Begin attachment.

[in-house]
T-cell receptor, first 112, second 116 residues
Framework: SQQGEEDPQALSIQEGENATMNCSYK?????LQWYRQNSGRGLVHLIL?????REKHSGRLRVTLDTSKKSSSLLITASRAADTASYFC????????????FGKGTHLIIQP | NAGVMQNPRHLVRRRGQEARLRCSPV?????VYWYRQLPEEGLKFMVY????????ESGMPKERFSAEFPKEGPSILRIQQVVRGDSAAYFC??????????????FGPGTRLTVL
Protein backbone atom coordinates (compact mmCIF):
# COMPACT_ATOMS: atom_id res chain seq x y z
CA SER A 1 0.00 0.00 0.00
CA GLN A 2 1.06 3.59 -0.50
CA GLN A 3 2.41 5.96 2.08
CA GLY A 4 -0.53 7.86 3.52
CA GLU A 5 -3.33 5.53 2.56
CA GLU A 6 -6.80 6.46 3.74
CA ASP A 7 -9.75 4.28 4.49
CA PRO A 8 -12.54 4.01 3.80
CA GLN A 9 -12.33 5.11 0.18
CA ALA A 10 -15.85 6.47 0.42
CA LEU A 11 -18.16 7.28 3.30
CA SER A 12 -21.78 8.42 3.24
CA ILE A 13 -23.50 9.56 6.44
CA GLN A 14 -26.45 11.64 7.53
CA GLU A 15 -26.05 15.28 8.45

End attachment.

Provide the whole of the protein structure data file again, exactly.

[in-house]
T-cell receptor, first 112, second 116 residues
Framework: SQQGEEDPQALSIQEGENATMNCSYK?????LQWYRQNSGRGLVHLIL?????REKHSGRLRVTLDTSKKSSSLLITASRAADTASYFC????????????FGKGTHLIIQP | NAGVMQNPRHLVRRRGQEARLRCSPV?????VYWYRQLPEEGLKFMVY????????ESGMPKERFSAEFPKEGPSILRIQQVVRGDSAAYFC??????????????FGPGTRLTVL
Protein backbone atom coordinates (compact mmCIF):
# COMPACT_ATOMS: atom_id res chain seq x y z
CA SER A 1 0.00 0.00 0.00
CA GLN A 2 1.06 3.59 -0.50
CA GLN A 3 2.41 5.96 2.08
CA GLY A 4 -0.53 7.86 3.52
CA GLU A 5 -3.33 5.53 2.56
CA GLU A 6 -6.80 6.46 3.74
CA ASP A 7 -9.75 4.28 4.49
CA PRO A 8 -12.54 4.01 3.80
CA GLN A 9 -12.33 5.11 0.18
CA ALA A 10 -15.85 6.47 0.42
CA LEU A 11 -18.16 7.28 3.30
CA SER A 12 -21.78 8.42 3.24
CA ILE A 13 -23.50 9.56 6.44
CA GLN A 14 -26.45 11.64 7.53
CA GLU A 15 -26.05 15.28 8.45